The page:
- Status Report
- May 29, 2023
Free-floating or wide-orbit? Keck Adaptive-optics Observations Reveal No Host Stars Near Free-Floating Planet Candidates
Recent detections of extremely short-timescale microlensing events imply the existence of a large population of Earth- to Neptune-mass planets that appear to have no host stars.
However, it is currently unknown whether these objects are truly free-floating planets or whether they are in wide orbits around a distant host star. Here, we present the analysis of high-resolution imaging observations of six free-floating planet candidates collected with the Keck telescope. If these candidates were actually wide-orbit planets, the light of the host would appear at a separation of 40-60 mas from the microlensing source star.
No such stars are detected. We carry out injection and recovery simulations to estimate the sensitivity to putative host stars at different separations. Depending on the object, the presented observations rule out 10-35% of potential hosts assuming that the probability of hosting a planet does not depend on the host mass.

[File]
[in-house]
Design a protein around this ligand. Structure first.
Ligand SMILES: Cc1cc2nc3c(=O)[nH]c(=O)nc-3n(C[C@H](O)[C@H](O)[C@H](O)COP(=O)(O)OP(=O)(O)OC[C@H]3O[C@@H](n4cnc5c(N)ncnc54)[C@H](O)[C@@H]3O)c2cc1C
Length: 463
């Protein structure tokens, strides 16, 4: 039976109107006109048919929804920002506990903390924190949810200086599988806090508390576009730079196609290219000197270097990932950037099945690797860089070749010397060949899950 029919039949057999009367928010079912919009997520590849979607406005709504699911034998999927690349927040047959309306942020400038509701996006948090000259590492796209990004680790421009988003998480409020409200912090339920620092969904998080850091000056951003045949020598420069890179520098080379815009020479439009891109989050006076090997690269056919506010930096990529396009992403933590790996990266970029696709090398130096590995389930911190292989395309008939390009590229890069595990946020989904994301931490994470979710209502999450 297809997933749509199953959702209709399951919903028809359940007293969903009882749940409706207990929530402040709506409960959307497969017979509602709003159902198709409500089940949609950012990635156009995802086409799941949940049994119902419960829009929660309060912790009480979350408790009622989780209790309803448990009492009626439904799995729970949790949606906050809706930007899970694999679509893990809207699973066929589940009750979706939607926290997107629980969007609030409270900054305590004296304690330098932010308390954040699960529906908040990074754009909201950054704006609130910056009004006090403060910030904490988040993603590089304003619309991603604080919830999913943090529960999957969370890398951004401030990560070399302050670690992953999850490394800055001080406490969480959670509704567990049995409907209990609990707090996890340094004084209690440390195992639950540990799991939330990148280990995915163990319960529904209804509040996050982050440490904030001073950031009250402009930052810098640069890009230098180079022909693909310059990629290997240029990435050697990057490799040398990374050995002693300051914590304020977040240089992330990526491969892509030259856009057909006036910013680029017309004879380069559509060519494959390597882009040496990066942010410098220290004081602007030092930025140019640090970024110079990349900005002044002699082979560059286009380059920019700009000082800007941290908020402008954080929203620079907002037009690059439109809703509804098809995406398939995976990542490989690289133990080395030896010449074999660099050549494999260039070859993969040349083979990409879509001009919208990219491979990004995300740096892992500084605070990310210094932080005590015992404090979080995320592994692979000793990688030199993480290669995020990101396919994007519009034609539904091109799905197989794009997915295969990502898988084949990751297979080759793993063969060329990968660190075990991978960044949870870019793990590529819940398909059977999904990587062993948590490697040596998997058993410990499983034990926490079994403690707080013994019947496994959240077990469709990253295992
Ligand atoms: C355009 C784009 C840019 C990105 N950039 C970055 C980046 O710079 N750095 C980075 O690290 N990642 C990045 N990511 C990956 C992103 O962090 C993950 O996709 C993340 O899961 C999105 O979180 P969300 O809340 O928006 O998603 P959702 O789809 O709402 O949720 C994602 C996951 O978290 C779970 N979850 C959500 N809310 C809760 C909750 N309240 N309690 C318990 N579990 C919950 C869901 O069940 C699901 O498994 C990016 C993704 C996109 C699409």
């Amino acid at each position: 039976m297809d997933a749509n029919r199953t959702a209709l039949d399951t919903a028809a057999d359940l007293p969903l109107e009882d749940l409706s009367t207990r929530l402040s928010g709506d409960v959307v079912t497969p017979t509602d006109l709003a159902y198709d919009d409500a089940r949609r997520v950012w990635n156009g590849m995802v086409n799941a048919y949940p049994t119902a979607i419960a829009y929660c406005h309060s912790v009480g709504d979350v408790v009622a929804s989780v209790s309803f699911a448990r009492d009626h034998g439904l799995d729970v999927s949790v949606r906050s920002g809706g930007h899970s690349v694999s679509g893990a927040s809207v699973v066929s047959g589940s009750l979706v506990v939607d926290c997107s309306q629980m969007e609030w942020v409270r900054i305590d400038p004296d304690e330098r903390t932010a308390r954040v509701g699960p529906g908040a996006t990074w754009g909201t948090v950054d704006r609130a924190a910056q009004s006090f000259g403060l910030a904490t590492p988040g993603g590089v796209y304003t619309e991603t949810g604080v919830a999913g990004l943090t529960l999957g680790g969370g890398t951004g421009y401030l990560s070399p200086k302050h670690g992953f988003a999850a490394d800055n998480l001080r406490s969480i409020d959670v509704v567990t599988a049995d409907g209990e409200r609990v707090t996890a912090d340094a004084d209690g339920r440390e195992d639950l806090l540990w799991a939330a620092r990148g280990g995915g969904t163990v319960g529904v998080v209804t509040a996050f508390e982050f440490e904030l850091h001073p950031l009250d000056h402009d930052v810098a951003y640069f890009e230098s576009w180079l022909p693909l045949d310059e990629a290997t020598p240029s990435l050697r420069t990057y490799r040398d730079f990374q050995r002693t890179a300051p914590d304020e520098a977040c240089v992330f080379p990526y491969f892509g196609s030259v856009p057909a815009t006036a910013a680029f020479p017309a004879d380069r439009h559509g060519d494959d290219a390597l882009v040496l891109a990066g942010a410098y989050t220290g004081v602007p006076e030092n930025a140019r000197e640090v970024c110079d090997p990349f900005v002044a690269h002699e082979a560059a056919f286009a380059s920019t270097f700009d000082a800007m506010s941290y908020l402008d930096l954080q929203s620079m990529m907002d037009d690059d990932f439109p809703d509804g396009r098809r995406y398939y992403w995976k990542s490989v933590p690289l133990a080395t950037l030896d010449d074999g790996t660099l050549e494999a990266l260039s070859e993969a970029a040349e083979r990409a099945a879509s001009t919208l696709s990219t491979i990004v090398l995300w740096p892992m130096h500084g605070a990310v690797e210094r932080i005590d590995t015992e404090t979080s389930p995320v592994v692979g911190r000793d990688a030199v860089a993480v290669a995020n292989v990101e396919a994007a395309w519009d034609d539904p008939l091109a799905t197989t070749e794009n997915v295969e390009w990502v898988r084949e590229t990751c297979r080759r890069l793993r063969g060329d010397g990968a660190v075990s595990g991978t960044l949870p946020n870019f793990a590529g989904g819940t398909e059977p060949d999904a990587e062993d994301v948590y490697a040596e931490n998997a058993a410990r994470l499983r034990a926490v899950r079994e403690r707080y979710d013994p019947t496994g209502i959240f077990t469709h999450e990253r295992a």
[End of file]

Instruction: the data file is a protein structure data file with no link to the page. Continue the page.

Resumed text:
If we assume that more massive stars are more likely to host a planet, we rule out 18-63% of potential hosts. We argue that deeper observations, for example with JWST, are needed to confidently confirm or refute the free-floating planet hypothesis.
P. Mroz, M. Ban, P. Marty, R. Poleski
Comments: submitted to AAS Journals
Subjects: Earth and Planetary Astrophysics (astro-ph.EP); Astrophysics of Galaxies (astro-ph.GA)
Cite as: arXiv:2303.04610 [astro-ph.EP] (or arXiv:2303.04610v1 [astro-ph.EP] for this version)
From: Przemek Mroz
[v1] Wed, 8 Mar 2023 14:23:19 UTC (12,763 KB)